Written by Marvus
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Topics: Music, Students

Monday, 4 April 2005

image for FBI to Track Down Students with ‘bad taste in music'
One of the offending programms

The FBI Computer Crimes Unit has presented its plans to global law enforcers to prevent the illegal use of person-to-person software to distribute ‘terrible music'.

Usually in charge of internet fraud and hacking prevention, CCU began preliminary searches of the use of popular programs such as KaZaa and Morpheus for swapping the pop genre. Original findings were ‘most unsettling' as they discovered more and more students were being exposed. CCU now believes that as many as one in three students could be downloading ‘crap tunes' instead of the Begees. "It's scandalous, what's going on here!" cried fuddy-duddy agent, Doris Maly, "hardly anybody wants to download my collection of Gary Glitter tunes."

Astonished with the sheer amount of work that lies ahead of them, CCU still believes that they know the best course of action, "missy". Plans were unveiled to flood internet traffic with old b-side tracks renamed as popular songs. This, CCU maintains, will force students to listen to at least the first thirty seconds of ‘good tunes' before trying to re-download their original requests. "Oh, we know it's a long shot," pilfers head of CCU's Music Prevention Squad, agent Ethel Howard, "but I've been working with computers since the abacus, so I think people will start to see reason".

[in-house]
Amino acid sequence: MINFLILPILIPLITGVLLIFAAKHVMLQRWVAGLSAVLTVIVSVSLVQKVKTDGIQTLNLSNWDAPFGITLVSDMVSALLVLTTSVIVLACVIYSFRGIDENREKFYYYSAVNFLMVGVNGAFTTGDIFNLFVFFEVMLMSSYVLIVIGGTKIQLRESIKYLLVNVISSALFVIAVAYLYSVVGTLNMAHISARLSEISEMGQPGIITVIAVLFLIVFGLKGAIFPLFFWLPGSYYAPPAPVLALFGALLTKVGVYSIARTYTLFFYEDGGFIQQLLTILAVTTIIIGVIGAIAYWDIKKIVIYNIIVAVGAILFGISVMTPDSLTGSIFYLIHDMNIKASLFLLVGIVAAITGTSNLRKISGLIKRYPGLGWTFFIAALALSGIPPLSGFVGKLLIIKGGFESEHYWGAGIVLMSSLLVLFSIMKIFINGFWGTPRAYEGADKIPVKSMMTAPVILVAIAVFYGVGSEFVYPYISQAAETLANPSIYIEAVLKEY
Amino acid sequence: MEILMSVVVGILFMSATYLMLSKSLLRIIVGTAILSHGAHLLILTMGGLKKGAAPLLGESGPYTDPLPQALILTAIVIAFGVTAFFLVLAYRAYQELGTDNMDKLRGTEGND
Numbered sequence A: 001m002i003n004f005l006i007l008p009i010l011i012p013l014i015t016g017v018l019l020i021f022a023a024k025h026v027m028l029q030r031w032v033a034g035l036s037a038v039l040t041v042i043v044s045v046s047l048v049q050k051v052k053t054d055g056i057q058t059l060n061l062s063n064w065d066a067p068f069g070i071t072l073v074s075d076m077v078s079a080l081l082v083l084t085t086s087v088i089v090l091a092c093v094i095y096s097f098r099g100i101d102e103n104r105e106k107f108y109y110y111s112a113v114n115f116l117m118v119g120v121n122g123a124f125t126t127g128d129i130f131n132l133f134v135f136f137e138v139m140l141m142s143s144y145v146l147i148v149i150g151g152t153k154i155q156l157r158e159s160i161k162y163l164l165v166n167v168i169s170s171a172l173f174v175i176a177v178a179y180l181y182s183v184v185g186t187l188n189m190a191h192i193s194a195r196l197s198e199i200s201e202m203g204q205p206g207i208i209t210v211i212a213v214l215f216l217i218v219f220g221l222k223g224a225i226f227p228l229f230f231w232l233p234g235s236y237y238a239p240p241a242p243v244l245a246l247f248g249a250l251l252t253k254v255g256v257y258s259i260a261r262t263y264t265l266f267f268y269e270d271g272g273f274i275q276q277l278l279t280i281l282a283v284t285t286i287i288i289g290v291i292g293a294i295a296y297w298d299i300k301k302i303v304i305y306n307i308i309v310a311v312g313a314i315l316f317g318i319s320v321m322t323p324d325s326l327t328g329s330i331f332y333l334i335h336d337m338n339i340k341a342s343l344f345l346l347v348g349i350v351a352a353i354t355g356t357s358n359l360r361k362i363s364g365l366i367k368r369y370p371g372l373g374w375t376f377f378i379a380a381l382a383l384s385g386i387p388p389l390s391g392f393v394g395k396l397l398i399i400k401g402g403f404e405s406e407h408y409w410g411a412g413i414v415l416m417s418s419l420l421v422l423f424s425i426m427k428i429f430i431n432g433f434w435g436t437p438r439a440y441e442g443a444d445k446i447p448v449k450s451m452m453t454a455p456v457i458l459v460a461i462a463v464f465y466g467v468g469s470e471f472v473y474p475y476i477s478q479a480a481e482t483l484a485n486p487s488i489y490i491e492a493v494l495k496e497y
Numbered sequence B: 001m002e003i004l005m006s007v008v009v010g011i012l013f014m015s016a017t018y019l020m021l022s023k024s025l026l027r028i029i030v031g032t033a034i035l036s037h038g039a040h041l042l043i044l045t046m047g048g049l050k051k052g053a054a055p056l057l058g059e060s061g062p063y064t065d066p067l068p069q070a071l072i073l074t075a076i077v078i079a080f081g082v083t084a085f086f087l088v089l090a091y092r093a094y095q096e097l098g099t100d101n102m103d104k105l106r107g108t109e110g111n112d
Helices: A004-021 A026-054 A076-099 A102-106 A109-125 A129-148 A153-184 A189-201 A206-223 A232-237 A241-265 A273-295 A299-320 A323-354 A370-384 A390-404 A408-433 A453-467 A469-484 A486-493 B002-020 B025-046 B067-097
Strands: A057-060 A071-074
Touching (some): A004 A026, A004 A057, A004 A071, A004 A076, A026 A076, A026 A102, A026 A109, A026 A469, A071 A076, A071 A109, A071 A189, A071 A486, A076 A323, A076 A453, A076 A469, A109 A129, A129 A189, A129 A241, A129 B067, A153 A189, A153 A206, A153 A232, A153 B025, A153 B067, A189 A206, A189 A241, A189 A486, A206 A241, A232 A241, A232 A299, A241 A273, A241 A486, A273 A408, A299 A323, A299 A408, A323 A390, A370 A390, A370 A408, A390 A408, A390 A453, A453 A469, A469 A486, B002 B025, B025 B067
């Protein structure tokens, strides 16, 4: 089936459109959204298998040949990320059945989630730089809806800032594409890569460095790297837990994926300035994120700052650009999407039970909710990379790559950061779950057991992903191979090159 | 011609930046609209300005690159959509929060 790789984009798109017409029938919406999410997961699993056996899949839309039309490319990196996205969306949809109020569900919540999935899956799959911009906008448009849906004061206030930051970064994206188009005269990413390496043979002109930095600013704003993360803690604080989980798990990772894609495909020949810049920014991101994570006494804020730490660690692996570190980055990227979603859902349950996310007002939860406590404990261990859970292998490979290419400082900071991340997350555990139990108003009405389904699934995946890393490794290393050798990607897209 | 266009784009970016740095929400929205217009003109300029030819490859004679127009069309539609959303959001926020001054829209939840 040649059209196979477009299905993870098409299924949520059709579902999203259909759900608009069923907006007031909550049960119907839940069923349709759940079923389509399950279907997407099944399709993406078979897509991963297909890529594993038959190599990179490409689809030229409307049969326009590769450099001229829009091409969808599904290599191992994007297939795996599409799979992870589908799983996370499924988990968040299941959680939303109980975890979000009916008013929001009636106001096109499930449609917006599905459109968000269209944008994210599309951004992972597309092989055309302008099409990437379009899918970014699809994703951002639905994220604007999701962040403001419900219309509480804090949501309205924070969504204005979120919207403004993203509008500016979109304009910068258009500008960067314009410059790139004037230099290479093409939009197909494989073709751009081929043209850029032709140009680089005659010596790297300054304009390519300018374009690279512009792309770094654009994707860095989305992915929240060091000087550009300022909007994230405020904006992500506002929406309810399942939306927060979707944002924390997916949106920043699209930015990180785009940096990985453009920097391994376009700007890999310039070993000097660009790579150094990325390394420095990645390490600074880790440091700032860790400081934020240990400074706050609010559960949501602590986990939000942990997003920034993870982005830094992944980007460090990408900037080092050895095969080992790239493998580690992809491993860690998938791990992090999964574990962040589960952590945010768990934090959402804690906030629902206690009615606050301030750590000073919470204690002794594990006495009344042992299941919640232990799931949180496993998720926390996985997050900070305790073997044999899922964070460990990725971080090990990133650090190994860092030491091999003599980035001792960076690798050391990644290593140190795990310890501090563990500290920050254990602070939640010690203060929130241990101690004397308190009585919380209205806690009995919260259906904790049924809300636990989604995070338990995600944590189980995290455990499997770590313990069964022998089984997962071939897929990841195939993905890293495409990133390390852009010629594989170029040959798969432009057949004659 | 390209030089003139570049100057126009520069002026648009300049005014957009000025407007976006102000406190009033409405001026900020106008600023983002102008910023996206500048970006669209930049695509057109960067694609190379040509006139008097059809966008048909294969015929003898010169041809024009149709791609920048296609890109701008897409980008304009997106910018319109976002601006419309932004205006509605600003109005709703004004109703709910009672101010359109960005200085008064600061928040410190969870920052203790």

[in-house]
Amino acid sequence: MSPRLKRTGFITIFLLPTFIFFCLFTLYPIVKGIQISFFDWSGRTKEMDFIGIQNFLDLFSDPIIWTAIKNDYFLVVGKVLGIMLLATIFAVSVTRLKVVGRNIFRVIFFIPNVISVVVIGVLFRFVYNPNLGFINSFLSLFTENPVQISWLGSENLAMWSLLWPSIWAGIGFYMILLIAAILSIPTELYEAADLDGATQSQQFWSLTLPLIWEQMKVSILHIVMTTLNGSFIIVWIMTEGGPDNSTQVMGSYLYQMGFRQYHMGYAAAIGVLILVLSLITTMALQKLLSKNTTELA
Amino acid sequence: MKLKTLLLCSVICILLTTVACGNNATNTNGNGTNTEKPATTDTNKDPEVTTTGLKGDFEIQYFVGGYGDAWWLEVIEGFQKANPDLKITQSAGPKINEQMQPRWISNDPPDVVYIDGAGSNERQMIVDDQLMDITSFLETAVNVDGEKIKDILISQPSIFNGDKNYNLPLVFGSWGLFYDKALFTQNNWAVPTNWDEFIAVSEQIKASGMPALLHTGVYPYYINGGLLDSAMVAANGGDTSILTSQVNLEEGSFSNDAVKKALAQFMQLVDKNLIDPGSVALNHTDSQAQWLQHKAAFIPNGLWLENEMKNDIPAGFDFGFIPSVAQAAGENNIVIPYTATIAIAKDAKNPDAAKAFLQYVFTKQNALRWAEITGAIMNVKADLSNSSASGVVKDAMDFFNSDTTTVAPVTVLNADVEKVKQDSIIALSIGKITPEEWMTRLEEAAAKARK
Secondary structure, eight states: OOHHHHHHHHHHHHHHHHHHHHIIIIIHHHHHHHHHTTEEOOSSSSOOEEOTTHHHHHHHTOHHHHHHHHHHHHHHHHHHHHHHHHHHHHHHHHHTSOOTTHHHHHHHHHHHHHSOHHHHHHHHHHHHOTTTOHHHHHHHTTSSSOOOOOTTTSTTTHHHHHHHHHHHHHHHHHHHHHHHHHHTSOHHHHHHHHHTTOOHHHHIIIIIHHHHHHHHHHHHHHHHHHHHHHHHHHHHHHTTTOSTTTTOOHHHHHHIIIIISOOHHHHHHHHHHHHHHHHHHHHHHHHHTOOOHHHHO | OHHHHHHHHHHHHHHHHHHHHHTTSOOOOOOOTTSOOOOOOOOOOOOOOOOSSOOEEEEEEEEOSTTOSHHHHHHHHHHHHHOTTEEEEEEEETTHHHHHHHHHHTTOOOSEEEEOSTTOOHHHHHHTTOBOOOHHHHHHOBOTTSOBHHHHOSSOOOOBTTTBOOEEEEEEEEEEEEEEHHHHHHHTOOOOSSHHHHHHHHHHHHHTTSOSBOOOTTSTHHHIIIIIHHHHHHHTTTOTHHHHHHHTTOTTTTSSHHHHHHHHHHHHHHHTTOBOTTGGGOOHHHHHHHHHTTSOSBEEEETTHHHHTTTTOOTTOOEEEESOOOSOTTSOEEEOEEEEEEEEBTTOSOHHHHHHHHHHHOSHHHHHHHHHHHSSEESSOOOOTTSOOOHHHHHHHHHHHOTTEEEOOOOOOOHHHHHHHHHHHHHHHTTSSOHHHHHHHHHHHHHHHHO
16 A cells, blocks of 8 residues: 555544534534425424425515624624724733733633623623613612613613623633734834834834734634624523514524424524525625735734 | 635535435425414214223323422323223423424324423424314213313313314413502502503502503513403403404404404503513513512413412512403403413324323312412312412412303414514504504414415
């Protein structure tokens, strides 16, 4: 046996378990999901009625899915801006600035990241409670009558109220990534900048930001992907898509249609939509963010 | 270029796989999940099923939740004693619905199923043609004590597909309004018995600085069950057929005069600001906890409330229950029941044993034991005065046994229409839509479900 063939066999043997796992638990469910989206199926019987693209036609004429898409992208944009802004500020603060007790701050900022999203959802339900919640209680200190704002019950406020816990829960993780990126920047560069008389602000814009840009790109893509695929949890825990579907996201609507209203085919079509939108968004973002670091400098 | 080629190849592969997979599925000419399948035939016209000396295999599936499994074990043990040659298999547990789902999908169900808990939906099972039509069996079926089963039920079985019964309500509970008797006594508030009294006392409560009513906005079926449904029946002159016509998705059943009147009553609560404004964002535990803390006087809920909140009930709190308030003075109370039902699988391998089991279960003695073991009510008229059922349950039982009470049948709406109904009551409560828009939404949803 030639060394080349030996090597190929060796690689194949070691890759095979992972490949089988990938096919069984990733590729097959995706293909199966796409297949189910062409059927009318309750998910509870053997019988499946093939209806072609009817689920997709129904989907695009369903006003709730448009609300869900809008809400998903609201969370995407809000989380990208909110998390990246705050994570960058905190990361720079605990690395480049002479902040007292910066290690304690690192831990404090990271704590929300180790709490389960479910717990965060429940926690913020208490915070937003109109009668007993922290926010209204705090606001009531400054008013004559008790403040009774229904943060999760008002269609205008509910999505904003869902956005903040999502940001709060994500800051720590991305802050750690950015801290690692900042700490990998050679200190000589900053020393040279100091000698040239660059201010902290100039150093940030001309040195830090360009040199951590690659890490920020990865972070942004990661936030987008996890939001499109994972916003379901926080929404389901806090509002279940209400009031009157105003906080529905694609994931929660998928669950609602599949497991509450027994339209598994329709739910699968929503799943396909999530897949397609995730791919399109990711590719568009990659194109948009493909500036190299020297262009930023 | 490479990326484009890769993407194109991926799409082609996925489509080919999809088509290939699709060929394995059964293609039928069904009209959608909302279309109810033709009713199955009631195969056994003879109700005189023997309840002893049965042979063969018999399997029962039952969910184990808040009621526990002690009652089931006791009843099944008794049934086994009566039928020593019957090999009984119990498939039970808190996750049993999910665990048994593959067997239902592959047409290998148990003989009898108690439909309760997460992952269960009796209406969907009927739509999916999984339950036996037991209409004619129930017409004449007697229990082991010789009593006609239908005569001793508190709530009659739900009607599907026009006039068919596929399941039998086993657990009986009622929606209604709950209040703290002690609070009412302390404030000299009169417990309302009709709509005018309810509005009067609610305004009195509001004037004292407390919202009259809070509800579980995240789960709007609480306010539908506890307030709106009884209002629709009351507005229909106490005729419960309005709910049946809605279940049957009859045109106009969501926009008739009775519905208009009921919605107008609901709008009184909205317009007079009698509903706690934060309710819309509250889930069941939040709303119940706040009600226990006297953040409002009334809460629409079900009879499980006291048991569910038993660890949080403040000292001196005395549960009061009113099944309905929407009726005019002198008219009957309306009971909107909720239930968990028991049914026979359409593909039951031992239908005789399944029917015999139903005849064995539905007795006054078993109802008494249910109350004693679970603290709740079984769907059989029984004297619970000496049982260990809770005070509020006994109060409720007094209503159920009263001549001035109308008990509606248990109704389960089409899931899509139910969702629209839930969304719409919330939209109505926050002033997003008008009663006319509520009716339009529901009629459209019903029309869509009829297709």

What to do with the youngsters who are caught still remains unclear. Traditionally, companies use the court room to decide what to do with perpetrators but several of CCU's staff have been throwing some more creative ideas about the office: "I've always wanted a live-in maid," confesses agent Howard, "and au pairs have so many legal rights nowadays".

Meanwhile, students all over the world have been stunned by the action. Most complain that it's their decision on what they can and can't listen to and will download music as long as there exists an internet. However, some actually agree with the action, claiming that shows such as pop idol, boy bands, and Geri Haliwell have ‘crushed' and ‘eradicated' appreciation for genuine musical talent. "I'm sick of all this G-Unit, Will Young, Aguilera bullshit", says an anonymous mature student, "why can't we just have Doris Day like the good old days?"

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The story above is a satire or parody. It is entirely fictitious.

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